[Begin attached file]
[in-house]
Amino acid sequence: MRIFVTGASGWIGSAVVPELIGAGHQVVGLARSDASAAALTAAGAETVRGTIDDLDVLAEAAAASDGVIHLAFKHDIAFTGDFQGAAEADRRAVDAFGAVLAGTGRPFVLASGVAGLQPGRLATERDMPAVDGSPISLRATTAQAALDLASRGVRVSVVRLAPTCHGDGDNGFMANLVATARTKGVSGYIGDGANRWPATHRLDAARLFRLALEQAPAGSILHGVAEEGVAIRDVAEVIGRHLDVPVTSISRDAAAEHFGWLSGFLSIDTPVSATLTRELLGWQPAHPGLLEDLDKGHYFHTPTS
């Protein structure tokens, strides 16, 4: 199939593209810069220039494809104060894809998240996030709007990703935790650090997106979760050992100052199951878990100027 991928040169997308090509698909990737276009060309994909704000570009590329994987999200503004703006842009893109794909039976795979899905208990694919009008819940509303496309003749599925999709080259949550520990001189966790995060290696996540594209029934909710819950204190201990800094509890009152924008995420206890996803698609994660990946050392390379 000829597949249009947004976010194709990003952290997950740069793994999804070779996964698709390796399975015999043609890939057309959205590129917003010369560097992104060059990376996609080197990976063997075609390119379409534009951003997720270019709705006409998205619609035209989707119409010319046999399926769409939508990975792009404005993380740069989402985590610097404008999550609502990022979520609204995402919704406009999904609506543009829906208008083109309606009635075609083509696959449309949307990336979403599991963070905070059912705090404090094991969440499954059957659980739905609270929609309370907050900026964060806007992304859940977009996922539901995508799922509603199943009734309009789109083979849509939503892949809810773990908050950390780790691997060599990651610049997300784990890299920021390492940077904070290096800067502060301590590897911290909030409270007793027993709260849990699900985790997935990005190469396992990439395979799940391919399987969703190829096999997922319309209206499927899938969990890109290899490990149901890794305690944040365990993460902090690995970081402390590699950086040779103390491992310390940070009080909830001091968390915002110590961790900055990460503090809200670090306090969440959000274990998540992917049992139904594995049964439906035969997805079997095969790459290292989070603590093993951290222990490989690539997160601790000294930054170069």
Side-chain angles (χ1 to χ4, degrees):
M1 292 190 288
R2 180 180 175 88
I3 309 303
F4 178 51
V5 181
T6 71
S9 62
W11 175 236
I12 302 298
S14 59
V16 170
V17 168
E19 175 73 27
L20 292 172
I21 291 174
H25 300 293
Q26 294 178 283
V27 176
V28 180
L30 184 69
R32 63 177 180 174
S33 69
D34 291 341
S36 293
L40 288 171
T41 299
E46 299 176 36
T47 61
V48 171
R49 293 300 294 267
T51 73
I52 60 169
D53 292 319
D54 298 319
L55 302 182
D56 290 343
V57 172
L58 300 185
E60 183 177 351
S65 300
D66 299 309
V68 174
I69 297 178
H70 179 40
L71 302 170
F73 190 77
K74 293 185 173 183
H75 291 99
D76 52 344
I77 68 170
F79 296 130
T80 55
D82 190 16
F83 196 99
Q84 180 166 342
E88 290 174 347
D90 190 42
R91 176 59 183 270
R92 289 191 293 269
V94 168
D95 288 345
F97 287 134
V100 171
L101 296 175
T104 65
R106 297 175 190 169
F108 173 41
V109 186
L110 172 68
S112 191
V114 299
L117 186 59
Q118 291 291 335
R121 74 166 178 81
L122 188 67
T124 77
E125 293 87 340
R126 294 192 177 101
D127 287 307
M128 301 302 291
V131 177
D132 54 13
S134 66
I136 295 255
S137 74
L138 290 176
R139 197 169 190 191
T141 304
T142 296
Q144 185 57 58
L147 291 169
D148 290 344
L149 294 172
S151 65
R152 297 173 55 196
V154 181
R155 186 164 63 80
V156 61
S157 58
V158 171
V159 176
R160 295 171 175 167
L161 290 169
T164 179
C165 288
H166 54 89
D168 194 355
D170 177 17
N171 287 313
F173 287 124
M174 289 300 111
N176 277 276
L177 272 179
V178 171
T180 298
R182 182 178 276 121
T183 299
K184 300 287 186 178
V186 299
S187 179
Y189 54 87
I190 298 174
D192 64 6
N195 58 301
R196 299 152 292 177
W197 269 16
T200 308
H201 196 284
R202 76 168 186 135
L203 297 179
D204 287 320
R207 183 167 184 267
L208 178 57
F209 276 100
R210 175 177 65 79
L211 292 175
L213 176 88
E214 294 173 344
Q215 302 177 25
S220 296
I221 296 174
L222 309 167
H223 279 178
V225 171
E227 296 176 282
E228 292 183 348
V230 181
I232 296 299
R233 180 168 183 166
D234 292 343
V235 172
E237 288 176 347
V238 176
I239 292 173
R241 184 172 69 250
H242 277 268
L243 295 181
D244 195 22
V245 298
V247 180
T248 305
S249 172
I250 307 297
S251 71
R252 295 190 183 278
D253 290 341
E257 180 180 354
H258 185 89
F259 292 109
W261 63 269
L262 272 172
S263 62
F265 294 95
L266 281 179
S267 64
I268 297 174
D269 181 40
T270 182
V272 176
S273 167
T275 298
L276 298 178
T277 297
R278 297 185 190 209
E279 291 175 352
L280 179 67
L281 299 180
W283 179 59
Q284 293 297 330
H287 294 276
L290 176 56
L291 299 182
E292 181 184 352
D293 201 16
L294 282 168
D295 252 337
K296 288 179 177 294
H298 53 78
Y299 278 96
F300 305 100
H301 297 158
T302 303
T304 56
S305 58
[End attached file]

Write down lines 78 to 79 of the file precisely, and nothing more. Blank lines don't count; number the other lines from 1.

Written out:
R121 74 166 178 81
L122 188 67